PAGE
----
Living Local in Istanbul
Are you ready for the “full immersion” experience in Istanbul? Skip the touristy Sultanahmet section and head into the depths of this fascinating city that unfolds for those willing dive deeper.
Cruising Istiklal Street
Start by dipping your toes in the water with a walk along Istiklal Street, known by the locals as Kapalicarsi. Bargain with the merchants, sip lion’s milk (Turkisk raki) and puff on water pipes at the narghile cafes to ease your transition into the local mentality. Shy away from the razzle-dazzle shops on the main street and check out side alleys for authentic Turkish gear. When you come to the end of the road, ride back on the trolley that runs down the middle of the street for an entirely different perspective. During daylight hours, Istiklal Street is a swirl of activity with musicians and hawkers on every corner, but as night deepens and the shops close, the place takes on an eerie Twilight Zone emptiness despite the late-night cafes and clubs.
Fishing the Golden Horn
Wet a hook with the local fishermen on the upper deck of the Galata Bridge that leads from Eminönü to Karaköy. Standing shoulder-to-shoulder along the rails, you’ll drop your line past the pedestrian-only level below that’s crammed with stalls selling trinkets and everything from fine seafood to fish sandwiches. Rental rigs complete with line and bait are available for a fair price and there are over 20 different species of fish in the Golden Horn, so even amateur fishermen can expect to catch at least 5 kg of fish per day. At sunset, the views of Istanbul from Galata Bridge are spectacular, and as darkness falls the night fishermen add glow-sticks to their lines that make the water under the bridge look surreal.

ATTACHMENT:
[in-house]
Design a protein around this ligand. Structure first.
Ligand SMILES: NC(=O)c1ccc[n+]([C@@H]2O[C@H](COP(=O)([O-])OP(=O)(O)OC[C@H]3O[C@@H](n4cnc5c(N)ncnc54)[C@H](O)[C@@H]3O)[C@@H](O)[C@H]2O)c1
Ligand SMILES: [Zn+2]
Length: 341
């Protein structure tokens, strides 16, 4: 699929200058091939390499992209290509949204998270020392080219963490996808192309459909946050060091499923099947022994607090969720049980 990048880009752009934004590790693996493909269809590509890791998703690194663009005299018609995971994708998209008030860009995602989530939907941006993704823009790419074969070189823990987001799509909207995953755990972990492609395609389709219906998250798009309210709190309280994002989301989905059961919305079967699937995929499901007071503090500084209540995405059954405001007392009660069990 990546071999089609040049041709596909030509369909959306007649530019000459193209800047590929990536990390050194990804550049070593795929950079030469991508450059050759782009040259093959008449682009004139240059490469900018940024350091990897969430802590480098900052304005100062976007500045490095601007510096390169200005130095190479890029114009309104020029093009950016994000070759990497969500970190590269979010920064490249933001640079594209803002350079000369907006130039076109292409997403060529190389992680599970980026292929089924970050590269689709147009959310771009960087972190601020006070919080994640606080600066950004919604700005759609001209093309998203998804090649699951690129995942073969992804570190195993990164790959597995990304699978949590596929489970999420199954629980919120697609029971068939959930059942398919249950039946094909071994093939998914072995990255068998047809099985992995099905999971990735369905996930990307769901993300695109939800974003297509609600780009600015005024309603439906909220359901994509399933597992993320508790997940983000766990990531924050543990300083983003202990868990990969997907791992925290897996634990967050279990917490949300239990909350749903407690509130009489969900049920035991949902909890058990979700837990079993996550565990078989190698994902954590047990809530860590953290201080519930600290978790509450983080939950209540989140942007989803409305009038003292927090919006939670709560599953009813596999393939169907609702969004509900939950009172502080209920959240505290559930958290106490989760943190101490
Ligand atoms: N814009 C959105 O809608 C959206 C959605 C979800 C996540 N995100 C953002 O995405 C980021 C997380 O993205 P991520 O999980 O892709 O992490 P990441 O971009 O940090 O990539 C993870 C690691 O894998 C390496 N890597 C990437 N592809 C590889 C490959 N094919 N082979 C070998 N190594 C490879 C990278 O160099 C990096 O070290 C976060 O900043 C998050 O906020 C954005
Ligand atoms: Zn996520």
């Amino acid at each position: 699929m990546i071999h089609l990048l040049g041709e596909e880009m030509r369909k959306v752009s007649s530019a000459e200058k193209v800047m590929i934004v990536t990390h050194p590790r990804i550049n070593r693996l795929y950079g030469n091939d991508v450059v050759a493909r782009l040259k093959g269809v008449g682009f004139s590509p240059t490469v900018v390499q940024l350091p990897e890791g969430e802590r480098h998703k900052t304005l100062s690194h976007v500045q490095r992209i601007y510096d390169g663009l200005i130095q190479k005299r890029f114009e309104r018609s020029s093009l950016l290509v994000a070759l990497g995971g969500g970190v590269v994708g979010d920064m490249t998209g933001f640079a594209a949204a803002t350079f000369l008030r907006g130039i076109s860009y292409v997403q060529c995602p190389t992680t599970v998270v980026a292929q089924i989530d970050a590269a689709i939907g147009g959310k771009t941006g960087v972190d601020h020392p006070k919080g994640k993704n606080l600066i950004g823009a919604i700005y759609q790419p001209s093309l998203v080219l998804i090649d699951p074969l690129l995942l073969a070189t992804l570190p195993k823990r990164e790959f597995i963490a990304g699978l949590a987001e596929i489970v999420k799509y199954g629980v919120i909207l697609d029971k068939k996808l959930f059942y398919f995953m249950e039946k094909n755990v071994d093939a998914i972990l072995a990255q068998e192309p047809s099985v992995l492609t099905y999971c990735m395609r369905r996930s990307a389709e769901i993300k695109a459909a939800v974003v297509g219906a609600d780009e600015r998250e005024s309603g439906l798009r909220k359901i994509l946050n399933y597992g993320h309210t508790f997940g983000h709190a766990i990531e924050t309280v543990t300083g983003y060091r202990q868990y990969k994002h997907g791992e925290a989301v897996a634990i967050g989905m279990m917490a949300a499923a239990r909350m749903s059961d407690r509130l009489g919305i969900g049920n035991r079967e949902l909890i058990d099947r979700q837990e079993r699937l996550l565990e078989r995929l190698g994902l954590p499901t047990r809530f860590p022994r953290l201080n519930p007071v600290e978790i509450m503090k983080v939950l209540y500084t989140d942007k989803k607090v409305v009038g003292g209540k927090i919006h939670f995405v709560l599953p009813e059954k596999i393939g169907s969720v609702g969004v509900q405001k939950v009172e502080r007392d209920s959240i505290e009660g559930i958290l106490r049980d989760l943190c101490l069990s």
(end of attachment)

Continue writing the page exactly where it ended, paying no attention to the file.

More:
Hanging Out at Karga
The Karga Bar (Kadife Sokak 16) is so well known by the locals they don’t even bother with a street sign, so you have to know the 2-story green building with a wooden door is Istanbul’s coolest hangout. Downstairs, the friendly tavern offers cheap drinks in a cozy atmosphere decorated with recycled items and warmed by a cheery fireplace. Upstairs, an avant garde art gallery also serves as a lecture hall, seminar venue and performance space. Enjoy beers with the afternoon crowd in the courtyard while enjoying eclectic music selections that can range from classical film music to techno-disco.
Chilling in Cihangir
Once described as where “Paris meets Brooklyn,” Cihangir blends old and new, east and west and even animal and human (it’s crawling with alley cats) into a fascinating neighborhood. Narrow cobblestone streets and tree-lined boulevards are hemmed with towering, stone-trimmed, French-inspired structures built after a fire destroyed the original wooden buildings in 1916. Settle into a sidewalk café to sip tea and nibble on kofte (Turkish meatballs) or kebabs. Soak in the fashionable Bohemian buzz that attracts artists, expats and paparazzi who roam the streets hunting for celebrities that frequent the fashionable boutiques and beauty spas. Walk up Cypress Avenue to the impressive Cihangir Mosque to relish the spectacular view of Bosphorus and snap pictures of the formal gardens and 18th century architecture.
Wine Tasting in Galata
Amid the restaurants and shops near the Galata Tower are unexpected venues like the Sensus Wine Boutique (5 Buyukhendek Caddesi), an amazing bar/cellar/shop tucked away right under the Anemon Hotel. Cozy up to the communal bar in this former wine cellar to sample top-quality local vintages maintained at the perfect temperature and paired with appropriate cheeses and appetizers. Learn about Turkey’s wine scene and shop from the 28 vintages they offer.
Dining at Kanaat Lokantasi
Tucked away by the Suleymaniye Mosque in Uskudar is an inexpensive restaurant that’s the kind of place locals keep under wraps. Kannat Lokantasi (Selmanipak Caddesi 9) serves extremely delicious Anatolian cuisine like vegetable zeytinyagli and lamb stew, made with mostly organic ingredients and served in a home-style atmosphere.
Like all the sugestions in here. The more I read about Istanbul, the more I learn about the city. It is like a place with a million things to experience.